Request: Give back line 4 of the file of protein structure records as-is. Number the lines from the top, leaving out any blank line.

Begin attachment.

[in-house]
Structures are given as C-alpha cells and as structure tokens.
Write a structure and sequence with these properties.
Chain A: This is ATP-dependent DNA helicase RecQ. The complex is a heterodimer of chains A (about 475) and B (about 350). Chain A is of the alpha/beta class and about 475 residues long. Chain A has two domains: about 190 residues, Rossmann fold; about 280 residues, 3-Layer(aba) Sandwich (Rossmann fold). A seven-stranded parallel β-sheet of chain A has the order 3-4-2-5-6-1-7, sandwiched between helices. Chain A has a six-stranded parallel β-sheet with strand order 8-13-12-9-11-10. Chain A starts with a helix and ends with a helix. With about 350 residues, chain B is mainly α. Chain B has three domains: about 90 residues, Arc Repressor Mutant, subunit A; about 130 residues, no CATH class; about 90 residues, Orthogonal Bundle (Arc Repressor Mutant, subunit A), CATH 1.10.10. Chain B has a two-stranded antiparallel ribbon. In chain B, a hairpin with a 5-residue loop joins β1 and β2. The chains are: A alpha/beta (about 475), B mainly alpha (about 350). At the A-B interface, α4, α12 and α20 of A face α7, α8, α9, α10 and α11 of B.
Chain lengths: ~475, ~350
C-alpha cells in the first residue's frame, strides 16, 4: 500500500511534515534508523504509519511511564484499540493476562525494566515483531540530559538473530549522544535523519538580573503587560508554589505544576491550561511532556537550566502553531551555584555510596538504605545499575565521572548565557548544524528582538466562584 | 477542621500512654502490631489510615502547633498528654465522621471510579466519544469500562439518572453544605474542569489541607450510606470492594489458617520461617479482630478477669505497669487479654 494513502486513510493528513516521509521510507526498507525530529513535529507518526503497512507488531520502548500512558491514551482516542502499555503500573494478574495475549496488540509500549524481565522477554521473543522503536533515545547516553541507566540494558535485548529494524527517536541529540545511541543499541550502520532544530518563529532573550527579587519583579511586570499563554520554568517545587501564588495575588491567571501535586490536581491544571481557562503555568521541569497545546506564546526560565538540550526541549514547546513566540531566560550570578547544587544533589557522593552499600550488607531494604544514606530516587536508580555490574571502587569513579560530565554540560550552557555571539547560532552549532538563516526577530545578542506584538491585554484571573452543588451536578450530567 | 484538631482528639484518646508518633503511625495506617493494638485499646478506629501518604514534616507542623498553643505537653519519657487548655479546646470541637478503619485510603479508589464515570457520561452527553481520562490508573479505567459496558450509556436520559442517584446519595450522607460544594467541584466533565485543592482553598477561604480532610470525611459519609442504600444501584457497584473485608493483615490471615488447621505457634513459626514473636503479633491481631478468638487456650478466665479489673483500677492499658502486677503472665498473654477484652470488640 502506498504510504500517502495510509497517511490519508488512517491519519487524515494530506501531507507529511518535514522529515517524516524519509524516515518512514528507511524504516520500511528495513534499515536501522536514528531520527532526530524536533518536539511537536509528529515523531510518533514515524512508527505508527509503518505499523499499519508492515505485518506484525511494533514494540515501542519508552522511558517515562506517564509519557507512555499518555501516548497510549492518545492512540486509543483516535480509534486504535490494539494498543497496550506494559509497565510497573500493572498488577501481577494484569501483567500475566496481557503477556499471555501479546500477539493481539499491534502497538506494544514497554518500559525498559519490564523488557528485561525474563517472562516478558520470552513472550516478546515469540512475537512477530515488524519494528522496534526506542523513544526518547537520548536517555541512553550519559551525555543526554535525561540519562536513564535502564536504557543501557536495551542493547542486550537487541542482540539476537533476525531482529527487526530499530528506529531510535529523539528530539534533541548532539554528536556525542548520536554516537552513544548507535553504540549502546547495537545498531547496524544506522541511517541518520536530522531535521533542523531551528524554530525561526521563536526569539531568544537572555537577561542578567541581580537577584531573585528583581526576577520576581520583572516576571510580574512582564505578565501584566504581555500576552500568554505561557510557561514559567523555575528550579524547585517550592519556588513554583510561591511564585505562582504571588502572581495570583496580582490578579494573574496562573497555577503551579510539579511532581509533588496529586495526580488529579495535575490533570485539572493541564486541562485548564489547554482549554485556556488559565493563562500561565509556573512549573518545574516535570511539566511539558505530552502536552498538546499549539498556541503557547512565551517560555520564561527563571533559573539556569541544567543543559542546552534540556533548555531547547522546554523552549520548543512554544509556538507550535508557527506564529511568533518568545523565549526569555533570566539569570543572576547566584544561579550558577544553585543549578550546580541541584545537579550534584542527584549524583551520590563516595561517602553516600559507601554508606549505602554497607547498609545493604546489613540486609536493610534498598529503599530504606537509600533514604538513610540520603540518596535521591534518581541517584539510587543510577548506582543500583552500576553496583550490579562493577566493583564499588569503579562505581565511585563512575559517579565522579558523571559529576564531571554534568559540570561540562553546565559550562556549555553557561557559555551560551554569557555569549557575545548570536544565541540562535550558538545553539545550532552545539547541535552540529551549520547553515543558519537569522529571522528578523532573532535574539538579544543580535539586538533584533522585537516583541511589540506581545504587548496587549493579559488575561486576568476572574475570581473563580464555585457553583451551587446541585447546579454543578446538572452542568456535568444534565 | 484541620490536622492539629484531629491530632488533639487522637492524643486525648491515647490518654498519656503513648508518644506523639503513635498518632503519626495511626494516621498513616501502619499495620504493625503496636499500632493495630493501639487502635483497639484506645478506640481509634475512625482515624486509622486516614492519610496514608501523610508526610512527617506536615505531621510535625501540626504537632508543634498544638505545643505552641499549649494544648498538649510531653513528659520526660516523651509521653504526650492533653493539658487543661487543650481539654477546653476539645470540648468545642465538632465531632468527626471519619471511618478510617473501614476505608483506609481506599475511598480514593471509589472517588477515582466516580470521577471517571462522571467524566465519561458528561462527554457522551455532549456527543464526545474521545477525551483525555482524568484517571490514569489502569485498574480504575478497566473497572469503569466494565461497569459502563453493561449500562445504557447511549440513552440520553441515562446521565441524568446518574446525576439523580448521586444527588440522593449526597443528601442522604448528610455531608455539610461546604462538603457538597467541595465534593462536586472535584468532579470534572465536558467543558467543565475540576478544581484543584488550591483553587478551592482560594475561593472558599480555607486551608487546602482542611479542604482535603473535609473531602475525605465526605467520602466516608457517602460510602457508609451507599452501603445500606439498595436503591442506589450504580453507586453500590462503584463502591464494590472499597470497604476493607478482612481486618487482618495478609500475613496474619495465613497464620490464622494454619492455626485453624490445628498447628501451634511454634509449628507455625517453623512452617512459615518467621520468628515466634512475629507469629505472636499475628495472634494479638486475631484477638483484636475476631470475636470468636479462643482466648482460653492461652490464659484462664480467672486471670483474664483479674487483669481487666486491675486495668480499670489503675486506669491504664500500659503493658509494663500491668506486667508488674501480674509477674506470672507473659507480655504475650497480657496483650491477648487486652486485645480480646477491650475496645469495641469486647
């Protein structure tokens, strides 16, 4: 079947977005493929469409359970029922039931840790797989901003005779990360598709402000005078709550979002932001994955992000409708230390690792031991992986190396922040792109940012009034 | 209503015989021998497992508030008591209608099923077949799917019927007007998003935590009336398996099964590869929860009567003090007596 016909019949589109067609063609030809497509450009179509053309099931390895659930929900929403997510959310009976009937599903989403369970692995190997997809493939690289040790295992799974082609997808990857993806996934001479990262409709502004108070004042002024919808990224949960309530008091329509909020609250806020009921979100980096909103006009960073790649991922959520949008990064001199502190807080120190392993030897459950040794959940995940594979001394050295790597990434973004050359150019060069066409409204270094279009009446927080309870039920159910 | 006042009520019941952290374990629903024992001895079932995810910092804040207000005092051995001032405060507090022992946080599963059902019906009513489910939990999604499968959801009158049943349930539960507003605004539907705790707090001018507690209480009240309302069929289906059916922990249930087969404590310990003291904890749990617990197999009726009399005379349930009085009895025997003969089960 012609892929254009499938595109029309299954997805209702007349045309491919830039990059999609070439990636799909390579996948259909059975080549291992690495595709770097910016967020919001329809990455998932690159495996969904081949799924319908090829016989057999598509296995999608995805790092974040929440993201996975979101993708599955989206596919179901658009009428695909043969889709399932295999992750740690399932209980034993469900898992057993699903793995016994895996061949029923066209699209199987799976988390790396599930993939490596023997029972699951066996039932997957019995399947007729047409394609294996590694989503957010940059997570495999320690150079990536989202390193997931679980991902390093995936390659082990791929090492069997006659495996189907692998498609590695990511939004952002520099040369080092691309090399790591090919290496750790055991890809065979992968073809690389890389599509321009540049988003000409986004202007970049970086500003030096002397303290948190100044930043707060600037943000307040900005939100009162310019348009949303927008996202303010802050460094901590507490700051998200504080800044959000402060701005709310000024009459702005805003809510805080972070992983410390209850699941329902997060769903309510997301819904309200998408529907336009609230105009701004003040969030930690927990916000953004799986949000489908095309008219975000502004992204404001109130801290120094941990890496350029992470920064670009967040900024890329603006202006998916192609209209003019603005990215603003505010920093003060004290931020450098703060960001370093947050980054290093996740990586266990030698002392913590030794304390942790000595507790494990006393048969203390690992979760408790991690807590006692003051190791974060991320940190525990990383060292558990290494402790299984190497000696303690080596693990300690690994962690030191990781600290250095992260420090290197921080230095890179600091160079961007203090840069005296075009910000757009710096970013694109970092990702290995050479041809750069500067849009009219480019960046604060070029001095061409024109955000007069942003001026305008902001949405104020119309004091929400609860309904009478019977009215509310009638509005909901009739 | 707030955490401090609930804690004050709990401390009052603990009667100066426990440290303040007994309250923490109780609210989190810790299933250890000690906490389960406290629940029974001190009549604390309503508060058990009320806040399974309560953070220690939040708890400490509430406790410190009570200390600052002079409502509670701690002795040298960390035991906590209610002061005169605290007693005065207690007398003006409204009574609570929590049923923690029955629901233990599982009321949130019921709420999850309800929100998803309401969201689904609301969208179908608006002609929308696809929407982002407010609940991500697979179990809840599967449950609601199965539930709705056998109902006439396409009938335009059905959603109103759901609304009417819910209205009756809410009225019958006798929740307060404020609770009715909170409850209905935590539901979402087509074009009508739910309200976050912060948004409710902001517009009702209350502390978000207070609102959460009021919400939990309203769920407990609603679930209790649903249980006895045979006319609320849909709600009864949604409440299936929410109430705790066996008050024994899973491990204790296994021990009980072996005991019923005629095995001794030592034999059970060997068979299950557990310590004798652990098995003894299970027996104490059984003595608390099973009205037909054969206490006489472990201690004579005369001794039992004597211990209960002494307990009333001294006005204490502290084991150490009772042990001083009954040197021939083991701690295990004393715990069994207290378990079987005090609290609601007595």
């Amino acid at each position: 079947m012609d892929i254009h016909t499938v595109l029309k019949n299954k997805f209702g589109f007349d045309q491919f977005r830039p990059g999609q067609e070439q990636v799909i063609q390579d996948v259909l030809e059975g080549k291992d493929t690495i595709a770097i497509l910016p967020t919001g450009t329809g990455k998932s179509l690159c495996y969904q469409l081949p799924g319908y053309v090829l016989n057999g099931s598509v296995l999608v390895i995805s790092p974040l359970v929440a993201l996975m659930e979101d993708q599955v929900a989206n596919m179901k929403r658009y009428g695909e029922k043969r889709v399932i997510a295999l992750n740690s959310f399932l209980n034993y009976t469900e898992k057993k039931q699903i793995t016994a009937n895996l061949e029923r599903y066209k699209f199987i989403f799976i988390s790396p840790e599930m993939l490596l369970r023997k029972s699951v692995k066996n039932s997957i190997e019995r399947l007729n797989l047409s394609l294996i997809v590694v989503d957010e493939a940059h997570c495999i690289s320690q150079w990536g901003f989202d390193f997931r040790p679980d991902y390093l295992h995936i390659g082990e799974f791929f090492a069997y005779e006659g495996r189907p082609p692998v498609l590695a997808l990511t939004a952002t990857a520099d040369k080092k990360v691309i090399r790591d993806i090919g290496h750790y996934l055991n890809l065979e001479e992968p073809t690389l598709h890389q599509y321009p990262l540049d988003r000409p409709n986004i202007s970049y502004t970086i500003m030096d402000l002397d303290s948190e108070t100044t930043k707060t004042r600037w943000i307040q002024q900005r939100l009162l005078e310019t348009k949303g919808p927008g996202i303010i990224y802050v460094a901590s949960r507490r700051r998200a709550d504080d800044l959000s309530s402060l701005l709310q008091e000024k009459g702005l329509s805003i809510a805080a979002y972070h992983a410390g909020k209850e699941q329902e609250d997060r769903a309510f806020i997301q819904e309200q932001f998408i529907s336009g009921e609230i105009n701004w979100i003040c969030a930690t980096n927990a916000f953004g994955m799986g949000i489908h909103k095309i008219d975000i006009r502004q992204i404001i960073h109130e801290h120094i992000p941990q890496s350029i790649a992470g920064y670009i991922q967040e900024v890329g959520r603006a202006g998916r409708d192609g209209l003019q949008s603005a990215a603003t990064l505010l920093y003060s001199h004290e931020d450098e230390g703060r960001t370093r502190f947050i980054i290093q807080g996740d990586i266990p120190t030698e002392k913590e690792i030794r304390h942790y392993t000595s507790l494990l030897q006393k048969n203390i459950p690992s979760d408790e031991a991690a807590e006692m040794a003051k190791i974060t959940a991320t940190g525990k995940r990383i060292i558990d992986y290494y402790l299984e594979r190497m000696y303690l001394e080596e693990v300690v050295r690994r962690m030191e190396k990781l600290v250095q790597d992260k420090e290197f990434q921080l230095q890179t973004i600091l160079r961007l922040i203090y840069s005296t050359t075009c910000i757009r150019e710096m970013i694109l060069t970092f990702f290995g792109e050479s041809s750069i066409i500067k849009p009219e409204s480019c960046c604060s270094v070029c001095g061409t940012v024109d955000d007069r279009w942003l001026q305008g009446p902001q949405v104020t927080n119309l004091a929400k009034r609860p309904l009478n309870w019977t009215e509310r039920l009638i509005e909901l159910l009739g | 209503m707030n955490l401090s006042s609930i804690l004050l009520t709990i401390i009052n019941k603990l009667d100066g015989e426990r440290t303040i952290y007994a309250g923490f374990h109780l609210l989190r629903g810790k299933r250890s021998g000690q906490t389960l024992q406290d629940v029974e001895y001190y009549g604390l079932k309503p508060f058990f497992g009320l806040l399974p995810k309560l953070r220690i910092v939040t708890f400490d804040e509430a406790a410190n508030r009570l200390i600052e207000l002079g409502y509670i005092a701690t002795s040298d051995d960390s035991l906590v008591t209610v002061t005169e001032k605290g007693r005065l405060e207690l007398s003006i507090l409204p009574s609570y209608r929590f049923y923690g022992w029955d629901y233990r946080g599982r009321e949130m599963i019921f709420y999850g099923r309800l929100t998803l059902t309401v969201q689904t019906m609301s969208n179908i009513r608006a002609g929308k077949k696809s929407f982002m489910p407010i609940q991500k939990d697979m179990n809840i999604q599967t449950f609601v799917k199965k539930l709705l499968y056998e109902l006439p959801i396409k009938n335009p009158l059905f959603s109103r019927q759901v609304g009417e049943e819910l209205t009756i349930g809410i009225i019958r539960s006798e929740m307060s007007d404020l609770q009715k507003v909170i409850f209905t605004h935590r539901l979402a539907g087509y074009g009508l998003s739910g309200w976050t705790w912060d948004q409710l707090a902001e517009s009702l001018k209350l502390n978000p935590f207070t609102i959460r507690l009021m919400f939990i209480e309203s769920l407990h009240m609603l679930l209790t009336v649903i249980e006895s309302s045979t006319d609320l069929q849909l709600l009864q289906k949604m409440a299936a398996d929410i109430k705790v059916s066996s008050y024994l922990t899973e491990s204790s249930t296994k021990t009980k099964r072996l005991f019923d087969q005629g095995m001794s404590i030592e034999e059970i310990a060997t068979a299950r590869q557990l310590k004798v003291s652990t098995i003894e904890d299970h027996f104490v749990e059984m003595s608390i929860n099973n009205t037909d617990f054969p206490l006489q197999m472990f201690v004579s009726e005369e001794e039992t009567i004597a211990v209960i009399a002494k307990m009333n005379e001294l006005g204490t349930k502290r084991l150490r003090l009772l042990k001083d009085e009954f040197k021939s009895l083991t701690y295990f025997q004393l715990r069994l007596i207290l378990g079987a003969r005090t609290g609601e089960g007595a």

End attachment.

Chain A: This is ATP-dependent DNA helicase RecQ. The complex is a heterodimer of chains A (about 475) and B (about 350). Chain A is of the alpha/beta class and about 475 residues long. Chain A has two domains: about 190 residues, Rossmann fold; about 280 residues, 3-Layer(aba) Sandwich (Rossmann fold). A seven-stranded parallel β-sheet of chain A has the order 3-4-2-5-6-1-7, sandwiched between helices. Chain A has a six-stranded parallel β-sheet with strand order 8-13-12-9-11-10. Chain A starts with a helix and ends with a helix. With about 350 residues, chain B is mainly α. Chain B has three domains: about 90 residues, Arc Repressor Mutant, subunit A; about 130 residues, no CATH class; about 90 residues, Orthogonal Bundle (Arc Repressor Mutant, subunit A), CATH 1.10.10. Chain B has a two-stranded antiparallel ribbon. In chain B, a hairpin with a 5-residue loop joins β1 and β2. The chains are: A alpha/beta (about 475), B mainly alpha (about 350). At the A-B interface, α4, α12 and α20 of A face α7, α8, α9, α10 and α11 of B.